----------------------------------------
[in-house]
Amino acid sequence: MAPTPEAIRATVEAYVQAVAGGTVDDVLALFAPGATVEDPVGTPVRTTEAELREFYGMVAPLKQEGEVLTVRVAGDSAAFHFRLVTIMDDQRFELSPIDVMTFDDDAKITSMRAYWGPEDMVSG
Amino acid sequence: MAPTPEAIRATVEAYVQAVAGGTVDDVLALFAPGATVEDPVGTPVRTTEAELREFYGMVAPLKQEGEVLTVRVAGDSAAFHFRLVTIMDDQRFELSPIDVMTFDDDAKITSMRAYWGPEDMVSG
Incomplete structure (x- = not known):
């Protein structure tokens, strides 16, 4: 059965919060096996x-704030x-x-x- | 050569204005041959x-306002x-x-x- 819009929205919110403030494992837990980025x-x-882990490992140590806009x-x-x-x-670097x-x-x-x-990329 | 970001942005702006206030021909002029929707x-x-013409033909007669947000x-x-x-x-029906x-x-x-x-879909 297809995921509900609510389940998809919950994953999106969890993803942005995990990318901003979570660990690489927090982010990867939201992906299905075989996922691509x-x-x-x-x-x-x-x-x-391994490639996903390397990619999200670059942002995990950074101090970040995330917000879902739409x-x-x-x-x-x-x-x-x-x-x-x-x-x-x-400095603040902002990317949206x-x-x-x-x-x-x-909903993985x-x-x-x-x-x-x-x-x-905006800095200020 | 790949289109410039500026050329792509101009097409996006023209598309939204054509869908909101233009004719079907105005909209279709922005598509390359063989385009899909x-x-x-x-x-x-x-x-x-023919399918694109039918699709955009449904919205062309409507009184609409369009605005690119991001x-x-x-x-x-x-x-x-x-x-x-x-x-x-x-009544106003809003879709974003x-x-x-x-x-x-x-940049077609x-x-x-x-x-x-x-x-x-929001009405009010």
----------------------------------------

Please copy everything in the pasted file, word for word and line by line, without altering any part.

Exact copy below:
[in-house]
Amino acid sequence: MAPTPEAIRATVEAYVQAVAGGTVDDVLALFAPGATVEDPVGTPVRTTEAELREFYGMVAPLKQEGEVLTVRVAGDSAAFHFRLVTIMDDQRFELSPIDVMTFDDDAKITSMRAYWGPEDMVSG
Amino acid sequence: MAPTPEAIRATVEAYVQAVAGGTVDDVLALFAPGATVEDPVGTPVRTTEAELREFYGMVAPLKQEGEVLTVRVAGDSAAFHFRLVTIMDDQRFELSPIDVMTFDDDAKITSMRAYWGPEDMVSG
Incomplete structure (x- = not known):
């Protein structure tokens, strides 16, 4: 059965919060096996x-704030x-x-x- | 050569204005041959x-306002x-x-x- 819009929205919110403030494992837990980025x-x-882990490992140590806009x-x-x-x-670097x-x-x-x-990329 | 970001942005702006206030021909002029929707x-x-013409033909007669947000x-x-x-x-029906x-x-x-x-879909 297809995921509900609510389940998809919950994953999106969890993803942005995990990318901003979570660990690489927090982010990867939201992906299905075989996922691509x-x-x-x-x-x-x-x-x-391994490639996903390397990619999200670059942002995990950074101090970040995330917000879902739409x-x-x-x-x-x-x-x-x-x-x-x-x-x-x-400095603040902002990317949206x-x-x-x-x-x-x-909903993985x-x-x-x-x-x-x-x-x-905006800095200020 | 790949289109410039500026050329792509101009097409996006023209598309939204054509869908909101233009004719079907105005909209279709922005598509390359063989385009899909x-x-x-x-x-x-x-x-x-023919399918694109039918699709955009449904919205062309409507009184609409369009605005690119991001x-x-x-x-x-x-x-x-x-x-x-x-x-x-x-009544106003809003879709974003x-x-x-x-x-x-x-940049077609x-x-x-x-x-x-x-x-x-929001009405009010």